Lost works resurface at folk art show
It’s not the images ― of tigers, Confucian scholars and the royal court from two centuries ago ― that stirs these emotions. Rather, it is the heartbreaking realization that these national treasures were sold for a pittance at a desperate time in Korean history.
The show is the first large-scale exhibit of Korean folk paintings, or minhwa, of a distinctive style done mostly during the 19th century, in the waning years of the Joseon Dynasty (1392-1910).
Most of the 120 old, rare and must-see minhwa are by Koreans. But only 10 paintings (including the masterpiece “Ten Longevity Symbols,” a royal court painting) are owned by the Seoul History Museum. The rest are on loan from various collections in Japan (the Japan Folk Crafts Museum, Kurashiki Museum of Folkcrafts, Serizawa Keisuke Art Museum, Koryo Museum of Art, Tenri University Sankokan Museum and holdings of private collectors).
The show commemorates the 40th anniversary of Korean-Japanese amity, and was organized under the joint auspices of the Seoul Museum of History and the Japan Folk Crafts Museum.
“We’ve seen all kinds of minhwa in the past, but we wanted to show works [from Japan] that are far superior than those in Korea,” said Kim Yang-kyun, curator of the exhibit.
To highlight the friendship between the two countries, the museum also held a seminar on Muneyoshi Yanagi, a Japanese art critic who was an avid collector of Korean folk crafts. Mr. Yanagi, who died in 1961 at age 72, founded the Japan Folk Crafts Museum in 1936. He had developed a profound appreciation for Korea’s artistic tradition, wrote extensively on Korean arts and folk crafts and created something of a Korean folk art boom among Japanese collectors.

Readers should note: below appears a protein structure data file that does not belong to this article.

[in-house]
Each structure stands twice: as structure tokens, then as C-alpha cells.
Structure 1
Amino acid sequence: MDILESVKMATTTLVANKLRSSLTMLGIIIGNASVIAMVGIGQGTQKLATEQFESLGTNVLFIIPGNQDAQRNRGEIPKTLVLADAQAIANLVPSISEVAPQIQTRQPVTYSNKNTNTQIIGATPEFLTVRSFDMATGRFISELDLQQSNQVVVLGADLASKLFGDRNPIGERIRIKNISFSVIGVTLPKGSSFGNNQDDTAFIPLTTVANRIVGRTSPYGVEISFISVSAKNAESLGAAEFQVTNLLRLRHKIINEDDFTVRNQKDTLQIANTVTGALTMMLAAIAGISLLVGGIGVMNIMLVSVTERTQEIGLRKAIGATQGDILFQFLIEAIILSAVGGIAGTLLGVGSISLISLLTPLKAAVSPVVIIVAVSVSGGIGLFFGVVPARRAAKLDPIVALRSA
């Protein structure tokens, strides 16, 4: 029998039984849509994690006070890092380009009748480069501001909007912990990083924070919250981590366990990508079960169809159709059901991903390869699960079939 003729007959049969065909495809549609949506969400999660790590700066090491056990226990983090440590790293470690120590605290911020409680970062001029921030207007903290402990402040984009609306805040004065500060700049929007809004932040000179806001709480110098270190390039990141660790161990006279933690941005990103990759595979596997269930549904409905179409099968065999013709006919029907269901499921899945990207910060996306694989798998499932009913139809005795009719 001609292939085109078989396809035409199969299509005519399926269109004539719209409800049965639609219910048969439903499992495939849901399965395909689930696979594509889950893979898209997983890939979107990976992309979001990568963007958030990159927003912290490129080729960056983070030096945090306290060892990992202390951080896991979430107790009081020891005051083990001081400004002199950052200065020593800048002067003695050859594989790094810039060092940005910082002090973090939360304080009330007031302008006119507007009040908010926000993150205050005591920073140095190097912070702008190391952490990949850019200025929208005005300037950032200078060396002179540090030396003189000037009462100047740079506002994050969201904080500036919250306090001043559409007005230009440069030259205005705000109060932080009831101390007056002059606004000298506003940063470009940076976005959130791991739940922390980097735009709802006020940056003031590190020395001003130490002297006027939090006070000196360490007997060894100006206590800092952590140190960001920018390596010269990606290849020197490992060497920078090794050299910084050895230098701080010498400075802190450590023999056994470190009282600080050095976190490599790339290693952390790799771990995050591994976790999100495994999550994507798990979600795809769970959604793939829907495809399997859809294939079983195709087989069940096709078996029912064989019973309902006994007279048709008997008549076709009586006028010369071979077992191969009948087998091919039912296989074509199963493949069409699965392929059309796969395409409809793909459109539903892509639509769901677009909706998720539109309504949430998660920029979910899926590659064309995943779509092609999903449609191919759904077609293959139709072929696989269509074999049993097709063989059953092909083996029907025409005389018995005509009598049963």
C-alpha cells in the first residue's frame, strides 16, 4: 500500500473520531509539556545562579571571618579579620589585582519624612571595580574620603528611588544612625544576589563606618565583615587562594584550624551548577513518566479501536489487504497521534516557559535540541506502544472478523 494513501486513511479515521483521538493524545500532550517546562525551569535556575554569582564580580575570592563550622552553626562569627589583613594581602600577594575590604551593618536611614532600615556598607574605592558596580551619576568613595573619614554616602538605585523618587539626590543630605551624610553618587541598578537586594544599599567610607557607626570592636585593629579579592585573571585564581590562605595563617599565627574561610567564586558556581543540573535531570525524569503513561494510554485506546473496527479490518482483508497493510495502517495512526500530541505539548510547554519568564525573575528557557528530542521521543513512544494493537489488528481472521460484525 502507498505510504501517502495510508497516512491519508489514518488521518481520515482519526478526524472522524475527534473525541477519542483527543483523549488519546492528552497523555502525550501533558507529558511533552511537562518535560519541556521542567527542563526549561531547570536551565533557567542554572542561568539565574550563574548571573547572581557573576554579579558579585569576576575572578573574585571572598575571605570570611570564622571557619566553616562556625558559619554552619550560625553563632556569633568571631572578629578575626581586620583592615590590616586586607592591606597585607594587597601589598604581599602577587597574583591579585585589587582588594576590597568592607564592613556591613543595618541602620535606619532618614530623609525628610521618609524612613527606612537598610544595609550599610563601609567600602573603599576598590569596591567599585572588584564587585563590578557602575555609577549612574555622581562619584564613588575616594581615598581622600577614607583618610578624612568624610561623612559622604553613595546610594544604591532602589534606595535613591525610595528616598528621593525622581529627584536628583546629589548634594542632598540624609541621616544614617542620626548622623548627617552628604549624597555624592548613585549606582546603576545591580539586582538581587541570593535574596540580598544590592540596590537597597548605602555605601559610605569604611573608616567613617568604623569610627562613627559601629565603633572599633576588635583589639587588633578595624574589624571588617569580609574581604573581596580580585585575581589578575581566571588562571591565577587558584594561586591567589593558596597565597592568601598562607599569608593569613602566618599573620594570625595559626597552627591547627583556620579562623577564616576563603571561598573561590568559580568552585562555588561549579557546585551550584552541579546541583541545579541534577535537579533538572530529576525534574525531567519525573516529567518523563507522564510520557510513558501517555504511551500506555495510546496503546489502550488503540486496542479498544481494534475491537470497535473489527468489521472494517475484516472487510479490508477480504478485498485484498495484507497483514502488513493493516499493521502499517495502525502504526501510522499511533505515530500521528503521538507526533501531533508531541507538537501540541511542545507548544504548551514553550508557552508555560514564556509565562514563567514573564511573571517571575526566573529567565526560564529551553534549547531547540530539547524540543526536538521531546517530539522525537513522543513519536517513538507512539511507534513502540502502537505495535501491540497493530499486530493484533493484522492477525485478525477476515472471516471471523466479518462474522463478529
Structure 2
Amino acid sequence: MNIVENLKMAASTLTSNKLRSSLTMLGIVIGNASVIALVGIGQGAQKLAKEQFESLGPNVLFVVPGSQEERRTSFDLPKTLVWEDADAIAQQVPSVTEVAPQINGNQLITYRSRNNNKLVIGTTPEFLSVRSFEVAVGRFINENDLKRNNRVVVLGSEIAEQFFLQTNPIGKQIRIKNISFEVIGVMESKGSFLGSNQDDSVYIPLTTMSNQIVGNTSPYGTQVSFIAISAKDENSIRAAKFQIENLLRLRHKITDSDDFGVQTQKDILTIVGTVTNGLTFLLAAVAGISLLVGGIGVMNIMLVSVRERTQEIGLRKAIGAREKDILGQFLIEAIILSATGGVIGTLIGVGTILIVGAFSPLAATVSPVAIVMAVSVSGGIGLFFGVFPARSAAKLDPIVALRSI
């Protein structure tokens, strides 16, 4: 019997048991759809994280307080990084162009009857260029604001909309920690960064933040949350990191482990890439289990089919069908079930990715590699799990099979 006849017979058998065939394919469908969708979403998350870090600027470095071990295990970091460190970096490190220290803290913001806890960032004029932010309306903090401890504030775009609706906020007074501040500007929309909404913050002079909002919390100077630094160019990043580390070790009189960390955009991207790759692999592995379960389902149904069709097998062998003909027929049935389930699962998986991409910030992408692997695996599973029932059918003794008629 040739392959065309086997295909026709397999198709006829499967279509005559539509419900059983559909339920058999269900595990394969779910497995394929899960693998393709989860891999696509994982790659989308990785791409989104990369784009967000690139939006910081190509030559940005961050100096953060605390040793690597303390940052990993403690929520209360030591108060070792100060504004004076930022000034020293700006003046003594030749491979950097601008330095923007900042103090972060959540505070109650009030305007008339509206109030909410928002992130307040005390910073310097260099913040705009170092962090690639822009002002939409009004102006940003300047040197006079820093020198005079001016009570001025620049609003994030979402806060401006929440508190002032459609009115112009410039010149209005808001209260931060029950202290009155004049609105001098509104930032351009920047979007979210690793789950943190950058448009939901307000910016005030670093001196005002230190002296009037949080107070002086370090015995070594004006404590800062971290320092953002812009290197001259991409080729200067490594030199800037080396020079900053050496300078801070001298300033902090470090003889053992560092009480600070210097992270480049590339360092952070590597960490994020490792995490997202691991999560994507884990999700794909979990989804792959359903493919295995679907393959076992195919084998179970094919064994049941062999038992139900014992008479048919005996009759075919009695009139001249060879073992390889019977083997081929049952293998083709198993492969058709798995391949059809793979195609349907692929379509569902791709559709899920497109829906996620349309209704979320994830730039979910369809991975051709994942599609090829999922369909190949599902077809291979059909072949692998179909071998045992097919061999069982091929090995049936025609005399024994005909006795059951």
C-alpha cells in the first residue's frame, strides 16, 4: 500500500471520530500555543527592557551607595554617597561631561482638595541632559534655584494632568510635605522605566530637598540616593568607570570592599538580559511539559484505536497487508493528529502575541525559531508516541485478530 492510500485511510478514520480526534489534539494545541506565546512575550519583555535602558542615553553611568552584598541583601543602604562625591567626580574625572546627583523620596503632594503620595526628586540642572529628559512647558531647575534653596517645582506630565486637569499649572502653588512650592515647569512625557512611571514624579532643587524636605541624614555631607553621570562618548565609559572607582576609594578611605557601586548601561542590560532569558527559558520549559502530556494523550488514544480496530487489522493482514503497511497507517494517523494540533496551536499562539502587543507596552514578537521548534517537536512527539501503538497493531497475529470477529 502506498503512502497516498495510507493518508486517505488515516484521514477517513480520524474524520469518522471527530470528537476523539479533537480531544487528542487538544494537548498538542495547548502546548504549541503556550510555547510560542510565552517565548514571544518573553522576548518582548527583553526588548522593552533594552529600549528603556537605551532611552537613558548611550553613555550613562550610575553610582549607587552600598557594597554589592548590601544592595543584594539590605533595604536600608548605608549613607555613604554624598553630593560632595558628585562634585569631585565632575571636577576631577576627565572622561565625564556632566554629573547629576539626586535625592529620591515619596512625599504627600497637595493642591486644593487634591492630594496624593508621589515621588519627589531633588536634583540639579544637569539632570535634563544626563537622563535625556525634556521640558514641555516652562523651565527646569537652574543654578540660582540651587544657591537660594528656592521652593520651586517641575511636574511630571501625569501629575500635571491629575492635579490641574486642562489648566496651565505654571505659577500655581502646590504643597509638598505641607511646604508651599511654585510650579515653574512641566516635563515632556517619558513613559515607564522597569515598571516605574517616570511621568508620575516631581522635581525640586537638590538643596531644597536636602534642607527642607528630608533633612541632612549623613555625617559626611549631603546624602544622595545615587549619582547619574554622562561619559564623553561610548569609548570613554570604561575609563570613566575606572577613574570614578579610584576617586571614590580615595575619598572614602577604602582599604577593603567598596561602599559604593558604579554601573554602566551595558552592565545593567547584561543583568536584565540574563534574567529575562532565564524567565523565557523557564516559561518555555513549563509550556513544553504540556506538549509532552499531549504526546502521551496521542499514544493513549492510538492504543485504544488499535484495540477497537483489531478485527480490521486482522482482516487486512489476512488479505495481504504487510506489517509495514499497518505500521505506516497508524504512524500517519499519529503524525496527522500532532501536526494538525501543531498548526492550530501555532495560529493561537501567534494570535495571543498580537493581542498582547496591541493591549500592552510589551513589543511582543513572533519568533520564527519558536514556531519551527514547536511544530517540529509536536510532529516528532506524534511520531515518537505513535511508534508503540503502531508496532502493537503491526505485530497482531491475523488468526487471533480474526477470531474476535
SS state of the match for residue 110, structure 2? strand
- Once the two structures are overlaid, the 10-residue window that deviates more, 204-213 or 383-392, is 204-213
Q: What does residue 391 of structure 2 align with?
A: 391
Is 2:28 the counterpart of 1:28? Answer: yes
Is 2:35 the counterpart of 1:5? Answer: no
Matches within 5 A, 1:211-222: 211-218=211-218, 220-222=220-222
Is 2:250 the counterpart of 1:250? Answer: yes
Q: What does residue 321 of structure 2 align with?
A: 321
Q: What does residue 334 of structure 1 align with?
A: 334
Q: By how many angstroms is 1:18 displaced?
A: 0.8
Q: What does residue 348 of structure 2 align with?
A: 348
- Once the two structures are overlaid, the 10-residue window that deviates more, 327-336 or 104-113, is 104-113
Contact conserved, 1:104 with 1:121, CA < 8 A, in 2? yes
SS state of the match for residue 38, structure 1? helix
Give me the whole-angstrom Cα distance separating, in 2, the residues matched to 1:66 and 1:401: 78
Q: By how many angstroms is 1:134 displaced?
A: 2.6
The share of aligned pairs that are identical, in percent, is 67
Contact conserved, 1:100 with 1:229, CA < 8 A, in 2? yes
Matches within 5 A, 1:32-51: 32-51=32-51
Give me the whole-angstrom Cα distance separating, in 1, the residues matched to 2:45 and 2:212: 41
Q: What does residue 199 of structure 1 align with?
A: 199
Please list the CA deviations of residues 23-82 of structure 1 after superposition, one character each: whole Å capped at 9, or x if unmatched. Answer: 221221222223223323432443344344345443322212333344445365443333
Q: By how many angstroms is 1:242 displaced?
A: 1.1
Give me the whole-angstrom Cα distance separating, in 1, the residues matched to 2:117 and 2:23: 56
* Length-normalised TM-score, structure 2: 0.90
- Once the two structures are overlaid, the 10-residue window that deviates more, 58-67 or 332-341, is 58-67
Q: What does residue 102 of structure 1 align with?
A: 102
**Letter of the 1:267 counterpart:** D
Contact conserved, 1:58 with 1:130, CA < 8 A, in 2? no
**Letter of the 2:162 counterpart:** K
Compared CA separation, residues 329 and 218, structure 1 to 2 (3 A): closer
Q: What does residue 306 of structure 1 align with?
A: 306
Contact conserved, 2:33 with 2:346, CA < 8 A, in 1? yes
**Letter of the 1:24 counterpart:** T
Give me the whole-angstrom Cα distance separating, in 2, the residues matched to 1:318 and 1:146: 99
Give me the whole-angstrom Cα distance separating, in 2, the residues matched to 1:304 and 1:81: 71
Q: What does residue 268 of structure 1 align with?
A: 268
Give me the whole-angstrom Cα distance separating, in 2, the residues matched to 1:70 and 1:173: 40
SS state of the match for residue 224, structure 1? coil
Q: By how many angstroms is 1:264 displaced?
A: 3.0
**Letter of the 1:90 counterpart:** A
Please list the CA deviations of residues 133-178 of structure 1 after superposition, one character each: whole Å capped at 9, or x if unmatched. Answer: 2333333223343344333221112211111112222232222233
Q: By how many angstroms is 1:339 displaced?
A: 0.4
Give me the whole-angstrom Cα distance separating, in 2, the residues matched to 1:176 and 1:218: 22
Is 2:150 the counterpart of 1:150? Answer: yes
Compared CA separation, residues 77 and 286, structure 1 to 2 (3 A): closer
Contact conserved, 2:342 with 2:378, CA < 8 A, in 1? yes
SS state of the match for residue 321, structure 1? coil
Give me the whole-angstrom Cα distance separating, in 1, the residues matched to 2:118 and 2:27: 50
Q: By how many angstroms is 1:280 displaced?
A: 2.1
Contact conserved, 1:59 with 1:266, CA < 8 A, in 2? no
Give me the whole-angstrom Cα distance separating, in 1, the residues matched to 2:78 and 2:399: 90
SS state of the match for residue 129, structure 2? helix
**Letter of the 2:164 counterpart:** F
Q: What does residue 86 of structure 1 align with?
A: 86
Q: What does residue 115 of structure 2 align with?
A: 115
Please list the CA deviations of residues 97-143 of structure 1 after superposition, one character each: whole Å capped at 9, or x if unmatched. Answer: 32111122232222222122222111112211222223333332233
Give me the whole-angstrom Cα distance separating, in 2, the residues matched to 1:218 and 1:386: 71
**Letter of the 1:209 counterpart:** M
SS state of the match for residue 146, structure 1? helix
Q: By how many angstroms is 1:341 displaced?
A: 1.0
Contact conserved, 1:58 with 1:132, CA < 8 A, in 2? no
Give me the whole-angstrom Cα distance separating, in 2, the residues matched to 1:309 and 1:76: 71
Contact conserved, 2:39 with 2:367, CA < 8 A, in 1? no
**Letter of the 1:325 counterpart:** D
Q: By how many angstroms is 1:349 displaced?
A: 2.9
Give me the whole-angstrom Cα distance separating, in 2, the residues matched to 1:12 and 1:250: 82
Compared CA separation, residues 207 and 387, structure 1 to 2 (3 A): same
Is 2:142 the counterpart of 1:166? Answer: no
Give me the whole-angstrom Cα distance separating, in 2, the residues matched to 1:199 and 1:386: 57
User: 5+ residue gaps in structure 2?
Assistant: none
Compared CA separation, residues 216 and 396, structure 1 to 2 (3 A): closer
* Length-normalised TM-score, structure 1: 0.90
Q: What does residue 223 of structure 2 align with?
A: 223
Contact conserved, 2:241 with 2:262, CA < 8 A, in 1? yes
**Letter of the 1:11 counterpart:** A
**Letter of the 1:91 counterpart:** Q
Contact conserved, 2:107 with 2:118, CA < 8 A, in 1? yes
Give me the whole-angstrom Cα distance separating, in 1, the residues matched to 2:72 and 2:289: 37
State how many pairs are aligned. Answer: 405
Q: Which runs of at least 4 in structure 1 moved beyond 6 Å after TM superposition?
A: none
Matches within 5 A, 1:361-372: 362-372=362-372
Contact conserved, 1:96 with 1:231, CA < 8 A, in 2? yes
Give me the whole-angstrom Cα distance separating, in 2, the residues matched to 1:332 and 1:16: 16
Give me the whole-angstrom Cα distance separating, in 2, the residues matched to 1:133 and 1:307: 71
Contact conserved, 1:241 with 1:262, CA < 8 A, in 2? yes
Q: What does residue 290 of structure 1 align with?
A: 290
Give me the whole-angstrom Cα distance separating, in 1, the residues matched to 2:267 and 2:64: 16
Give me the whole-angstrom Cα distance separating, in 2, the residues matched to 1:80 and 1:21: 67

He was also one of a few Japanese scholars who risked their personal safety to criticize plans by the Japanese government to destroy the Gwanghwamun gate in the 1910s to make way for the colonial authority’s headquarters in downtown Seoul.
His theory on preserving the traditions of nameless folk artists became widely known in the West through the English edition of “The Unknown Craftsman: A Japanese Insight into Beauty,” which he co-authored. The translated edition was published in 1989.
Mr. Yanagi’s personal ambition drove Japanese collectors to purchase Korean art for many decades, particularly during the rough post-colonial and post-civil war period when Koreans were busy rebuilding basic infrastructure, and preserving heritage was not high on their agenda.
After national liberation and the Korea War, the country was a hotbed of opportunists who sought unlimited power and fortune. Similar to the American wild west, society was a loosely guarded playground of rampant speculation and corruption in everything from elections and real estate to Korean fine arts.
It was common in those days for old mansions and temples to voluntarily strip themselves of their own heritage in exchange for a little cash or tile-roofed buildings ― all in the name of modernization. Countless museum-quality artifacts, which are priceless in today’s market, were sold for a pittance to private collectors abroad.
Korea’s antique boom only started in the mid-1970s and lasted for about a decade until authentic antiques nearly vanished from the market. Paintings marked with the artist’s signature were popular among collectors, but anonymous folk paintings of secular subjects such as folklore, shamanism and fairy tales, were less appreciated.